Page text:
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reduce the level of nuclear weapons. In some of the world's worst trouble spots, from Afghanistan to Namibia and Angola, we have seen negotiated settlements.

Within the Soviet bloc, there has been a great improvement in human rights. I am not exaggerating that. Mr. Gorbachev has been moving further and faster than anyone imagined that any Soviet leader could or would. It will and has produced enormous stresses from Estonia to Azerbaijan. As the right hon. Member for Leeds, East (Mr. Healey) said, while he was still talking about foreign affairs, this is undoubtedly an historic opportunity and brings with it considerable responsibilities. That is why the Government approach of pressing for the modernisation of the NATO short-range nuclear weapons is a mistake. It undermines the INF treaty and is also premature. The right approach is to follow the advice of my Free Democratic party colleague, the German Liberal Hans-Dietrich Genscher, who is, after all, the most experienced Foreign Minister in the Western bloc, by attempting to negotiate a multilateral agreement to make modernisation unnecessary. That does not in any way give up the possibility of going ahead with it at a later stage if this proves necessary. It is a variant of the NATO two-stage proposal which did not work at that time but which I and the Secretary of State for Defence supported. The opportunity for the same kind of approach to work this time is much greater.

We must be more positive in our approach to the Eastern bloc and must appreciate the tremendous stress that changes are bringing about. It would be terrible if a generation younger than us looked back at the present Soviet leadership in the same way that we look back at Dubcek and the Prague spring saying that if only Western leaders had been prepared to deal with Gorbachev more effectively he might have survived. Mr. Gorbachev is not in all that strong a position. I accept that the West must not jeopardise its own security, but nor must we miss genuine opportunities to improve relations and the possibility for disarmament.

Dr. Keith Hampson (Leeds, North-West) : The hon. Gentleman has just put his finger on the problem. Mr. Gorbachev is under enormous pressures. He is taking on the party, the army and the KGB and is asking them to change against their own self-interest. What guarantees do the West have that he will succeed? We should welcome what he is trying to do and should help him, but that is not an argument for lowering our guard. On the contrary, we must safeguard our defences.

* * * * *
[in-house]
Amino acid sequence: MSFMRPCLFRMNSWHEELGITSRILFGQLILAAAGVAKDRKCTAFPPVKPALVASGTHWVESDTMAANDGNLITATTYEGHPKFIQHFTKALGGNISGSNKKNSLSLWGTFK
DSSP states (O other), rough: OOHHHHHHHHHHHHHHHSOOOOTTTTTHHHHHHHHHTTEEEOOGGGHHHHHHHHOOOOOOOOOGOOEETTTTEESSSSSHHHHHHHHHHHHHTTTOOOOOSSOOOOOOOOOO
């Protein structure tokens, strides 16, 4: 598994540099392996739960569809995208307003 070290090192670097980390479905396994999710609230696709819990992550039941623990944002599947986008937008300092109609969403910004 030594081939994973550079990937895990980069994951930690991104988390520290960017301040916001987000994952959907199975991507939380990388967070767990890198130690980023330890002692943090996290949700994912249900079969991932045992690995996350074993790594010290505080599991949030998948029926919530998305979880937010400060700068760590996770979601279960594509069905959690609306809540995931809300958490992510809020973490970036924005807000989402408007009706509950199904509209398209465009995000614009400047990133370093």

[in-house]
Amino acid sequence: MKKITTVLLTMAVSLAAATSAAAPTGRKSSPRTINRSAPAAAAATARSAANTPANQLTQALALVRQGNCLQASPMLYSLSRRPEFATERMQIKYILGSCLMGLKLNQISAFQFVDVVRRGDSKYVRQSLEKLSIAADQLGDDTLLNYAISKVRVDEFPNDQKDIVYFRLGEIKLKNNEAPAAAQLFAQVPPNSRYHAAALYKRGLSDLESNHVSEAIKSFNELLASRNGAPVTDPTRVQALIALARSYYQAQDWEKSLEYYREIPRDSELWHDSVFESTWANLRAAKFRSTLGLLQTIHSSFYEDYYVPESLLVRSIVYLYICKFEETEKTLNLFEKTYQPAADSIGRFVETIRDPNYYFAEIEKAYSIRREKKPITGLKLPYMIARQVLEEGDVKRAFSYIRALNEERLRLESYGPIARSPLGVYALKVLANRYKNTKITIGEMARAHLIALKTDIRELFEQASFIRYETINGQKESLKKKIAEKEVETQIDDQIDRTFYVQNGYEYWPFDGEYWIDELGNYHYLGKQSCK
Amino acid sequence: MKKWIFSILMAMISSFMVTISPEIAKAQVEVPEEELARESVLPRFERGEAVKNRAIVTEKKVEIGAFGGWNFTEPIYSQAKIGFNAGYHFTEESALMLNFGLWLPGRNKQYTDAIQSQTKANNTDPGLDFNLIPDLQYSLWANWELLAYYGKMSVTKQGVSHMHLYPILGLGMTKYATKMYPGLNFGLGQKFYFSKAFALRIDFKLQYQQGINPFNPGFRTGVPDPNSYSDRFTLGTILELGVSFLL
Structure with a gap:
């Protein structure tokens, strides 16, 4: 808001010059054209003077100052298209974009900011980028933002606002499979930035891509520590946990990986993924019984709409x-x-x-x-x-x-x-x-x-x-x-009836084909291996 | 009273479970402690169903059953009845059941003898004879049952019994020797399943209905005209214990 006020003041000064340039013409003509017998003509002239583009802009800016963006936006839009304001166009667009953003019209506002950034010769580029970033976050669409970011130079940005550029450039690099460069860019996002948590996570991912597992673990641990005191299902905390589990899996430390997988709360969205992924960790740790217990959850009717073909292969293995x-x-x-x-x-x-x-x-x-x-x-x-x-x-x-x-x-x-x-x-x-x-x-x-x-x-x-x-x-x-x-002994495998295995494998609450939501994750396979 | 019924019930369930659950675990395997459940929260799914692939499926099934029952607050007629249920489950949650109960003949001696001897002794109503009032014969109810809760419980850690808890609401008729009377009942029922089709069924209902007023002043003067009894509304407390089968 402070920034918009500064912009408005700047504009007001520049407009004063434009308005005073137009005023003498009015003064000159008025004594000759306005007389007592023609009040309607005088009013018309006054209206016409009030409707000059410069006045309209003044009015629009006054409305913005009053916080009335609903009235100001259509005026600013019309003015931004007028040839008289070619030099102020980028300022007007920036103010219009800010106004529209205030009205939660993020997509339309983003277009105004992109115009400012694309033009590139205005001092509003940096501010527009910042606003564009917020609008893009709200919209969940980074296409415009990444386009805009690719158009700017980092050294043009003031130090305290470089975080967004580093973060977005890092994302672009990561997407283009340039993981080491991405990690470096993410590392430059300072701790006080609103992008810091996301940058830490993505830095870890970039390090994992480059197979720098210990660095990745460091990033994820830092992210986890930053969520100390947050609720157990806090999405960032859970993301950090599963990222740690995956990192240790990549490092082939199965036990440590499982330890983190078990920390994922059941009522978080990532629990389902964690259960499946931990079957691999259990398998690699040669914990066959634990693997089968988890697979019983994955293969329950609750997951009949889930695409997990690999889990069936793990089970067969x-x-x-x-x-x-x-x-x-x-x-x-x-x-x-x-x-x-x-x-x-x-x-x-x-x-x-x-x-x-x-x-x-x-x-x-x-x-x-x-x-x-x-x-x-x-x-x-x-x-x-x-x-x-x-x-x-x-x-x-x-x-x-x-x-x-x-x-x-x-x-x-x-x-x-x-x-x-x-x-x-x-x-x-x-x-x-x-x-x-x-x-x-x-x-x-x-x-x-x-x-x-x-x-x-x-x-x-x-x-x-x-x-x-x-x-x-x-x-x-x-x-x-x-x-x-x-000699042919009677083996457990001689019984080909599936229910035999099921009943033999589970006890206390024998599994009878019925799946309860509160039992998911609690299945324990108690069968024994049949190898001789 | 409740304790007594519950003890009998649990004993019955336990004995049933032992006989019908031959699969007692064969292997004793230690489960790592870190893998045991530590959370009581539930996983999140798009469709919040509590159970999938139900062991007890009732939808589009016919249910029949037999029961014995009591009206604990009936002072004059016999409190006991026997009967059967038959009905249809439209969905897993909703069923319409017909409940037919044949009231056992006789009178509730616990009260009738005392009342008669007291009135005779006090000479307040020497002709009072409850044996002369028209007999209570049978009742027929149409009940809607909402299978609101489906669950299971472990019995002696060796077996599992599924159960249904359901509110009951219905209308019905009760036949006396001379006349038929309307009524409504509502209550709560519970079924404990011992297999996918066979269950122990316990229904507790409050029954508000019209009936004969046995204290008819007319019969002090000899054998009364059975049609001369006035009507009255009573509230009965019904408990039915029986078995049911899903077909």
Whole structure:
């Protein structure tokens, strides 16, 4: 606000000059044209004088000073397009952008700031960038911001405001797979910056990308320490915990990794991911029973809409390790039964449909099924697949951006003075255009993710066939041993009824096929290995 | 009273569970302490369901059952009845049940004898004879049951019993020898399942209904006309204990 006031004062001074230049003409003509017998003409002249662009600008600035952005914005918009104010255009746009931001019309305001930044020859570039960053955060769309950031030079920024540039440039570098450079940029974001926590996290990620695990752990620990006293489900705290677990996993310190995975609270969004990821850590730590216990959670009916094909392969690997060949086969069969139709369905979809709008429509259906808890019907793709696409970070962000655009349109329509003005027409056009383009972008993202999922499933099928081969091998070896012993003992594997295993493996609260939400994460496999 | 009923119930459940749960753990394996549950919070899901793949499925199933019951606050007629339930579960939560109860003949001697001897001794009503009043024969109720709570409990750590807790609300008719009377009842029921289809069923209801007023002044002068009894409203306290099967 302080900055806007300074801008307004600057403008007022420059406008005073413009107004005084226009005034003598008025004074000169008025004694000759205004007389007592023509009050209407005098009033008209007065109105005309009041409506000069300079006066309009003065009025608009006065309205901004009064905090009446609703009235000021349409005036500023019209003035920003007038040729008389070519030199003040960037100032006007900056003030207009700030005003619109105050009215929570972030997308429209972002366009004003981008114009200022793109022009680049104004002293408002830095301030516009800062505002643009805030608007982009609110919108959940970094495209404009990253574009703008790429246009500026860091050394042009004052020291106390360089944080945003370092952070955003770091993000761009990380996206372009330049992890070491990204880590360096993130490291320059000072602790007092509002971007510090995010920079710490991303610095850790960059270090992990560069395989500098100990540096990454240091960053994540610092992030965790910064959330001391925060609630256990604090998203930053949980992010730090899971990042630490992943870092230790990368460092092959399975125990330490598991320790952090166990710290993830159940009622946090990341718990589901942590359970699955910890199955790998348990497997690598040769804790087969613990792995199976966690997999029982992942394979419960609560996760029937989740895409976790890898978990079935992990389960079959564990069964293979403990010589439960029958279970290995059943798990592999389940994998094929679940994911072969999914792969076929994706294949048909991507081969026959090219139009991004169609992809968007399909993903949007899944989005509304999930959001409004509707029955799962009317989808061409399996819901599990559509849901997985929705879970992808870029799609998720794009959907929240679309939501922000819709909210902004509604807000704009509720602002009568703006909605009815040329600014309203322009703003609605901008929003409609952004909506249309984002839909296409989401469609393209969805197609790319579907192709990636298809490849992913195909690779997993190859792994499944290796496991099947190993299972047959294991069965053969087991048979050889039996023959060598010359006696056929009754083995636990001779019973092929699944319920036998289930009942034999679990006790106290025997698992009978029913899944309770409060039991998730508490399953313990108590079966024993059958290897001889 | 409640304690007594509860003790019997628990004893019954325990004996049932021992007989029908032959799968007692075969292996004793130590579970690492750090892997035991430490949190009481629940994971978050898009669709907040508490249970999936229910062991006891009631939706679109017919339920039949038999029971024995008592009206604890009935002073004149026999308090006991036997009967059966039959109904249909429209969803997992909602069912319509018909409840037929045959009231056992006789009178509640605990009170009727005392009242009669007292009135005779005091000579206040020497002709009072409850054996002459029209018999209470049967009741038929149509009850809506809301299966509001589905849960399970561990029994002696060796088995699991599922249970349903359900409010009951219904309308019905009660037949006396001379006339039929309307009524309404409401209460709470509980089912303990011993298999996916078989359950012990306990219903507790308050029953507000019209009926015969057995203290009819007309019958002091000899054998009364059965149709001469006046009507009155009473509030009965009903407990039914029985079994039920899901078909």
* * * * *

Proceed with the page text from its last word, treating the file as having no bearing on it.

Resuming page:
Sir Russell Johnston : I am not arguing that we should lower our guard. I am saying that it appears that the modernisation of short-range nuclear weapons in Europe is not immediately necessary. We do not need to take that decision now. If we do take the decision and proceed, it will not create the proper climate for the reductions that I know the hon. Member for Leeds, North-West (Dr. Hampson) wishes to see as much as I do. As the Foreign Secretary said, I accept that there is no evidence that the Soviet Union is in any way reducing its production of weapons of destruction. I accept that we must be prudent, but as far as possible we must seek to give the opportunity to the other side to respond.

As many hon. Member have said in the debate, the issue about the visit of the Queen to the Soviet Union was very

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clumsily handled. It is difficult to find out what is true and what is not, but if what has been reported is true a remarkable mistake has been made.

The Gracious Speech talks about support for the United Nations. Can the Secretary of State for Defence tell us when the Government will reverse what I said from the beginning was a wrong decision and go back into UNESCO? It would have been of great encouragement if, when discussing regional problems in the world, the Foreign Secretary had spoken about improving the peace-keeping capacity of the United Nations. Against the background of East-West detente and less stress, there is an opportunity to strengthen the United Nations. Such an opportunity does not normally exist and we should take advantage of it.